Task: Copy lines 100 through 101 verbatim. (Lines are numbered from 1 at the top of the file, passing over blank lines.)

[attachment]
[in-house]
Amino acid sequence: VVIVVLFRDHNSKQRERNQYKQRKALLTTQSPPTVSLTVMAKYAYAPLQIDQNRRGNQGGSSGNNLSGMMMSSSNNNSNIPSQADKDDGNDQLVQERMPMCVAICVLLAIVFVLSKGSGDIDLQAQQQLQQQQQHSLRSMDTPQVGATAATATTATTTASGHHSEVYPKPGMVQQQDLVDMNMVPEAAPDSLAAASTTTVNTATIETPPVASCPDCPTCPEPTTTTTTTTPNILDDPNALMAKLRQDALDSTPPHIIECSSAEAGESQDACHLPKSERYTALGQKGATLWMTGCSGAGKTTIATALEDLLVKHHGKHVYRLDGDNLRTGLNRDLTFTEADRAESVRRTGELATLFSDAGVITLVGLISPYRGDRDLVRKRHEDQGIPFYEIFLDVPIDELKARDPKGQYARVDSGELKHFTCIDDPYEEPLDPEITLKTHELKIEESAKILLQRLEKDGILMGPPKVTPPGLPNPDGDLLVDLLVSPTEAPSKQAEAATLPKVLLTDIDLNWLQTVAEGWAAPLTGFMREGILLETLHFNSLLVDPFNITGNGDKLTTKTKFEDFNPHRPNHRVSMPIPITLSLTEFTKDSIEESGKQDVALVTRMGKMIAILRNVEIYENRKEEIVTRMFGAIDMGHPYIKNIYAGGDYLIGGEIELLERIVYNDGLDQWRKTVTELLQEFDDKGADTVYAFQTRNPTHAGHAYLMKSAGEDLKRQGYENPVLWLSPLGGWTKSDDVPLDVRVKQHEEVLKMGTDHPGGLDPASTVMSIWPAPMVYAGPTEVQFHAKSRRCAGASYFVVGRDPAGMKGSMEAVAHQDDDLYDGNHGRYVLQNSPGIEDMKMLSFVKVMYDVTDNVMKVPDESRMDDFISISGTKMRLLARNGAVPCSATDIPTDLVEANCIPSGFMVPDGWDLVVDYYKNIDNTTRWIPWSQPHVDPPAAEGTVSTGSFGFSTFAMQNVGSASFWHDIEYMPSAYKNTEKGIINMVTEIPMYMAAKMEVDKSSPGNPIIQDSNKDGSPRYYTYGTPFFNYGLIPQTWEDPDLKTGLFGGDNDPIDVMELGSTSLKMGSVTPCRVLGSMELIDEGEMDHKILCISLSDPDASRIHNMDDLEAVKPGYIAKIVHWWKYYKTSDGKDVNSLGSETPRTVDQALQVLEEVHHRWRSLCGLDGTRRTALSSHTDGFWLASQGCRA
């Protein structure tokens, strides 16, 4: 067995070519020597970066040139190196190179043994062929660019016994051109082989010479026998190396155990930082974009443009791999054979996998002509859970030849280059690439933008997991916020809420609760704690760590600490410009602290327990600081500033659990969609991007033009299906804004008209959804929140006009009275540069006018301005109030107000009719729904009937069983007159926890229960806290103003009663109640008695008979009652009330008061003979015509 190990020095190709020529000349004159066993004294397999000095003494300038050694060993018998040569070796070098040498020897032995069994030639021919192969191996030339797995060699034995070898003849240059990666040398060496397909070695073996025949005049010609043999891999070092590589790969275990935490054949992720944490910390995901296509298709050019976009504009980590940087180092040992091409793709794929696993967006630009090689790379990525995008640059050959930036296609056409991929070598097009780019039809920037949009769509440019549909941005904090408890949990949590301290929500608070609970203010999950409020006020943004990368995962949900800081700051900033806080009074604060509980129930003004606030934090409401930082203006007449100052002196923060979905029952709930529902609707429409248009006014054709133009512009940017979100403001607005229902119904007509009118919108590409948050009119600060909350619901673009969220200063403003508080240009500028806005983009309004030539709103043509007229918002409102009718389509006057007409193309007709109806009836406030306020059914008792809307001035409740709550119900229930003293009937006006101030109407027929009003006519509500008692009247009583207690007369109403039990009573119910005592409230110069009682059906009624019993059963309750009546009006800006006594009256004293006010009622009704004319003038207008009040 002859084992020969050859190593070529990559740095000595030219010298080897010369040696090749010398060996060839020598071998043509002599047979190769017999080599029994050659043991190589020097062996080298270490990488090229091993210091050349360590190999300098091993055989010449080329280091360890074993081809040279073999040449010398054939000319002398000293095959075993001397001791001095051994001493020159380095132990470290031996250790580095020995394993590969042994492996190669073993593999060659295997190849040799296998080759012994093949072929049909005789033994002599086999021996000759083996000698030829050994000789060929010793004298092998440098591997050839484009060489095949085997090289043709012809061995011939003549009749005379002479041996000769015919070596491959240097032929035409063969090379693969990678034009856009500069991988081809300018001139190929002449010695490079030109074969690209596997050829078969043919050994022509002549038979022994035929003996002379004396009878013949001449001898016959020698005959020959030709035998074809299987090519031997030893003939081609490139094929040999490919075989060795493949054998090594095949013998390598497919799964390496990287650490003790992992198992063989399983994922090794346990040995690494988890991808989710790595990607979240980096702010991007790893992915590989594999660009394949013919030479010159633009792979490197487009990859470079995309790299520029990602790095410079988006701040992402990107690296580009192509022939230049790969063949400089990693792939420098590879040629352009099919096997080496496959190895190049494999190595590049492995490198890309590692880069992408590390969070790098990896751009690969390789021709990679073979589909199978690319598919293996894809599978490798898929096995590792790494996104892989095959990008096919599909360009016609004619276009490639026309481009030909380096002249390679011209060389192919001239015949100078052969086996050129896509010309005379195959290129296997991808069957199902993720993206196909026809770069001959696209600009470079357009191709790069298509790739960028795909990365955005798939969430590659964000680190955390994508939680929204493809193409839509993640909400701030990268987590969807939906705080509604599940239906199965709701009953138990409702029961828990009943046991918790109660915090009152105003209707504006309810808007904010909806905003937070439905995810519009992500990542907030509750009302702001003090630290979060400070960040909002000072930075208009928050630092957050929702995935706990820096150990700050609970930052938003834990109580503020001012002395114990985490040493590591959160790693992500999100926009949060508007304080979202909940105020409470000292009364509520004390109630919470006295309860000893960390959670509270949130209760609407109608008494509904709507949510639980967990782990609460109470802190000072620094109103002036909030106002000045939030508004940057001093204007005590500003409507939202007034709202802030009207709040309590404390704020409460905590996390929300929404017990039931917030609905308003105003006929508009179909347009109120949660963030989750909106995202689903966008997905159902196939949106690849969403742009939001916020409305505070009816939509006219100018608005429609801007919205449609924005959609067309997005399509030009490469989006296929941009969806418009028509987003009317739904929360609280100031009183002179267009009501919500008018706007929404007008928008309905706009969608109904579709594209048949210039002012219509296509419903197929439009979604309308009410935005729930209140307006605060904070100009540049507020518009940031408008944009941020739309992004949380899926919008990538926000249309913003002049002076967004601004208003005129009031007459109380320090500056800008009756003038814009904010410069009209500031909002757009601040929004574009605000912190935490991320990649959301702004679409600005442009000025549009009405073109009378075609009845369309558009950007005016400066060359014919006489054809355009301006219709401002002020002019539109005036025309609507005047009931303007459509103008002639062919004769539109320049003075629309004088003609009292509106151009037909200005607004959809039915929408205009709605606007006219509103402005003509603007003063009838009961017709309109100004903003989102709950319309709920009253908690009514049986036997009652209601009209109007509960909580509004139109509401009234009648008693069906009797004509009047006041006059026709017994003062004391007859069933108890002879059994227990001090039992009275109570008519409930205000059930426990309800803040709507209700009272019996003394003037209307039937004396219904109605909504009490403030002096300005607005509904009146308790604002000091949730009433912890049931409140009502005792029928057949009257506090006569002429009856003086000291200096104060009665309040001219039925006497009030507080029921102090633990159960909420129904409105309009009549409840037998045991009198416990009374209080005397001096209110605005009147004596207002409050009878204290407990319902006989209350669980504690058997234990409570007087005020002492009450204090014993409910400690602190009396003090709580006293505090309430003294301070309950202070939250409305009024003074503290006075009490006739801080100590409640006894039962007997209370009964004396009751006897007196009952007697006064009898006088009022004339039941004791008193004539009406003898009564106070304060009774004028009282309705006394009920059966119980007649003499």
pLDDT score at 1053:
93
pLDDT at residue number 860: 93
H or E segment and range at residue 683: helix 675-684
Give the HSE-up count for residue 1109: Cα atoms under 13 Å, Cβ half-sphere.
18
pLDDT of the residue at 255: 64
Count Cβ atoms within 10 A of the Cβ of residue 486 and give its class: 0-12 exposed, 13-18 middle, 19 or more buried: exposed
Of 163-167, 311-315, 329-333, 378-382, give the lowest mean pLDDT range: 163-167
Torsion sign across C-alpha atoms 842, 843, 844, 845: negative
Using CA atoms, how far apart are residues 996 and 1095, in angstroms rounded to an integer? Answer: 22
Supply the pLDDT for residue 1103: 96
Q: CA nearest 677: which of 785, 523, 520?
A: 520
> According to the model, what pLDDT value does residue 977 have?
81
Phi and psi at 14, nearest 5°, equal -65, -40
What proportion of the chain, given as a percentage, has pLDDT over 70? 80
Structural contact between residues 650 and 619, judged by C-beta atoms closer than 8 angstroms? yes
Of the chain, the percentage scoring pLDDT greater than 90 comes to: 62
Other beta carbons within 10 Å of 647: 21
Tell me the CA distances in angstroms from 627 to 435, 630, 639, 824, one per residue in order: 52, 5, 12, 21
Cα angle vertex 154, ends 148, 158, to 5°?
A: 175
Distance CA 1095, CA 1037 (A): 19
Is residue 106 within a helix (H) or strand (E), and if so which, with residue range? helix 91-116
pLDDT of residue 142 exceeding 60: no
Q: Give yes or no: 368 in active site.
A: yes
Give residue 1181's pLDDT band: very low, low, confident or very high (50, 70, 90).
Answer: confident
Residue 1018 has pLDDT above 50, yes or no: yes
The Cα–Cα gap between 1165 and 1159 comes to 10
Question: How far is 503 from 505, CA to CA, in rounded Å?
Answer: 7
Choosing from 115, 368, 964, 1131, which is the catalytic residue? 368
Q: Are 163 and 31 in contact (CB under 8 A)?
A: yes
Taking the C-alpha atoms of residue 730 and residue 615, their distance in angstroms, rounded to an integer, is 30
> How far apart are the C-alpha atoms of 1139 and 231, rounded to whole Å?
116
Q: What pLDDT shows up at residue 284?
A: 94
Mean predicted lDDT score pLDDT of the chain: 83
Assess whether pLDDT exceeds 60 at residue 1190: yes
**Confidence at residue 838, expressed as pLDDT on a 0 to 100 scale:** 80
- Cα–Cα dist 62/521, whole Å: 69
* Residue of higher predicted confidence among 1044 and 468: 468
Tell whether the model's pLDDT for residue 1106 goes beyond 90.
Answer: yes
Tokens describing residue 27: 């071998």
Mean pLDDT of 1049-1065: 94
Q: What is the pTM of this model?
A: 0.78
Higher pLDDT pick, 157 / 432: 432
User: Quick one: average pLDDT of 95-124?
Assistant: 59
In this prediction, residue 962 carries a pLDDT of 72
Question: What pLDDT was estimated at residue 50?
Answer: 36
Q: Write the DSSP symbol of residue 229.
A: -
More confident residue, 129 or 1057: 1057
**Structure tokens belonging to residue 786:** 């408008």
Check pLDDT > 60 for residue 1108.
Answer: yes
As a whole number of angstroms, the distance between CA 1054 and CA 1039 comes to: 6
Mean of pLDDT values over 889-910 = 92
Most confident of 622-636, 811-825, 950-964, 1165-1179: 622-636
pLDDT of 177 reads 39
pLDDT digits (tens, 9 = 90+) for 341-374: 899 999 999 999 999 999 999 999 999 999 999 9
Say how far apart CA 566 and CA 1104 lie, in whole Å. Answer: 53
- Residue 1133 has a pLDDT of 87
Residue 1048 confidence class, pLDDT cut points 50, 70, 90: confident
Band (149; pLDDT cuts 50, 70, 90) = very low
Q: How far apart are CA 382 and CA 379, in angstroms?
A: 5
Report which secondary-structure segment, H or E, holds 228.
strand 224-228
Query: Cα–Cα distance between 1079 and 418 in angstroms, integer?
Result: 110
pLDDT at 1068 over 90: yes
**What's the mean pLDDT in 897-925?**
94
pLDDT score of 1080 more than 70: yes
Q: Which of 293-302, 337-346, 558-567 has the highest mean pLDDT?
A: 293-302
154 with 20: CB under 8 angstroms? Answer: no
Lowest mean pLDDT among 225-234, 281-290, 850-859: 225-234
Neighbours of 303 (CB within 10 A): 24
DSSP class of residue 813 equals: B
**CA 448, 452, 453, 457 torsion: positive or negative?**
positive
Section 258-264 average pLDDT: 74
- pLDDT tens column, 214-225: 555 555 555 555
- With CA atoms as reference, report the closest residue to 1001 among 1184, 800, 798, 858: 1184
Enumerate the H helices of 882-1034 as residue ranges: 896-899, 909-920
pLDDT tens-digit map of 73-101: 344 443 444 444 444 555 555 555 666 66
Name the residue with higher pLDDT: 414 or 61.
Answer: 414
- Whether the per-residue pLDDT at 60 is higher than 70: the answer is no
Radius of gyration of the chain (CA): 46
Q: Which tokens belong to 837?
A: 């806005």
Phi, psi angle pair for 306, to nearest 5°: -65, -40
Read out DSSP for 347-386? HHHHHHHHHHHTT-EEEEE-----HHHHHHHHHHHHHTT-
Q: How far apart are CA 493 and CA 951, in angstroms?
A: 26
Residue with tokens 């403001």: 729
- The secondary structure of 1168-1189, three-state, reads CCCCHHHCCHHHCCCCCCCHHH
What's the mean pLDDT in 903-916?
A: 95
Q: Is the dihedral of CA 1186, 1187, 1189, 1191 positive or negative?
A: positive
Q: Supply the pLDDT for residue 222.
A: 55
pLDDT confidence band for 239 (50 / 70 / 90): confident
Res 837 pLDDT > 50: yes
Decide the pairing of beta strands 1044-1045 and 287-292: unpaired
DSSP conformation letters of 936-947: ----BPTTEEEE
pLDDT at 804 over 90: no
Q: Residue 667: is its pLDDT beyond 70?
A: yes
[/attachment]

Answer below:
Enumerate the H helices of 882-1034 as residue ranges: 896-899, 909-920
pLDDT tens-digit map of 73-101: 344 443 444 444 444 555 555 555 666 66